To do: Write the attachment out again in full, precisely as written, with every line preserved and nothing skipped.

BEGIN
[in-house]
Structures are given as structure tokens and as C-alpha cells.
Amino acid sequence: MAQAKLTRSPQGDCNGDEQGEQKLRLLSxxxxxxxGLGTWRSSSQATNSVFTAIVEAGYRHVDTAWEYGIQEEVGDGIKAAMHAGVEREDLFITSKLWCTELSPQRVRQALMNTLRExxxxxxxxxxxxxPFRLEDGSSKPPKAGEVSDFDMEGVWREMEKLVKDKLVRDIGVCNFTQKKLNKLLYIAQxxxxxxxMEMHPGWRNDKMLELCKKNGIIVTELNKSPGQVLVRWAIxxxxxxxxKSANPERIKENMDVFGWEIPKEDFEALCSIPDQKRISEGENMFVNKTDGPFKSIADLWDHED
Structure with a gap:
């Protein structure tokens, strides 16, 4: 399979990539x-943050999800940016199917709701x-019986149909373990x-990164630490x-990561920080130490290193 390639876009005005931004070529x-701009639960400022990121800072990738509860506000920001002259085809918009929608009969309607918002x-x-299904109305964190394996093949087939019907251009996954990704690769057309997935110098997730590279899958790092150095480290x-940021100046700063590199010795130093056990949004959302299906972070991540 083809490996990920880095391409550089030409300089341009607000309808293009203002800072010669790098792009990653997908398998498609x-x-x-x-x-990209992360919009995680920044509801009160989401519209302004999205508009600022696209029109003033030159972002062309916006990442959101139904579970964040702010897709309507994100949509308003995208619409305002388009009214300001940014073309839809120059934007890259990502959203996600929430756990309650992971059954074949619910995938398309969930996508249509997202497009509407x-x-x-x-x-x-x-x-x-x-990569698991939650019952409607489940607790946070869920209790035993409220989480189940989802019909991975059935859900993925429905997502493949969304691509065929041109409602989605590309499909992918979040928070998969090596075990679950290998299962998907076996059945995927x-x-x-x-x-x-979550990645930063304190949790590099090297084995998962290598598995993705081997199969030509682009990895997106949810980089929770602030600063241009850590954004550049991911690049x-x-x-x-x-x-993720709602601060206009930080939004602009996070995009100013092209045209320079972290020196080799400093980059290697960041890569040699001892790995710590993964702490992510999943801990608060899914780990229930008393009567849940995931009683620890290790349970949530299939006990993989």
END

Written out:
[in-house]
Structures are given as structure tokens and as C-alpha cells.
Amino acid sequence: MAQAKLTRSPQGDCNGDEQGEQKLRLLSxxxxxxxGLGTWRSSSQATNSVFTAIVEAGYRHVDTAWEYGIQEEVGDGIKAAMHAGVEREDLFITSKLWCTELSPQRVRQALMNTLRExxxxxxxxxxxxxPFRLEDGSSKPPKAGEVSDFDMEGVWREMEKLVKDKLVRDIGVCNFTQKKLNKLLYIAQxxxxxxxMEMHPGWRNDKMLELCKKNGIIVTELNKSPGQVLVRWAIxxxxxxxxKSANPERIKENMDVFGWEIPKEDFEALCSIPDQKRISEGENMFVNKTDGPFKSIADLWDHED
Structure with a gap:
């Protein structure tokens, strides 16, 4: 399979990539x-943050999800940016199917709701x-019986149909373990x-990164630490x-990561920080130490290193 390639876009005005931004070529x-701009639960400022990121800072990738509860506000920001002259085809918009929608009969309607918002x-x-299904109305964190394996093949087939019907251009996954990704690769057309997935110098997730590279899958790092150095480290x-940021100046700063590199010795130093056990949004959302299906972070991540 083809490996990920880095391409550089030409300089341009607000309808293009203002800072010669790098792009990653997908398998498609x-x-x-x-x-990209992360919009995680920044509801009160989401519209302004999205508009600022696209029109003033030159972002062309916006990442959101139904579970964040702010897709309507994100949509308003995208619409305002388009009214300001940014073309839809120059934007890259990502959203996600929430756990309650992971059954074949619910995938398309969930996508249509997202497009509407x-x-x-x-x-x-x-x-x-x-990569698991939650019952409607489940607790946070869920209790035993409220989480189940989802019909991975059935859900993925429905997502493949969304691509065929041109409602989605590309499909992918979040928070998969090596075990679950290998299962998907076996059945995927x-x-x-x-x-x-979550990645930063304190949790590099090297084995998962290598598995993705081997199969030509682009990895997106949810980089929770602030600063241009850590954004550049991911690049x-x-x-x-x-x-993720709602601060206009930080939004602009996070995009100013092209045209320079972290020196080799400093980059290697960041890569040699001892790995710590993964702490992510999943801990608060899914780990229930008393009567849940995931009683620890290790349970949530299939006990993989």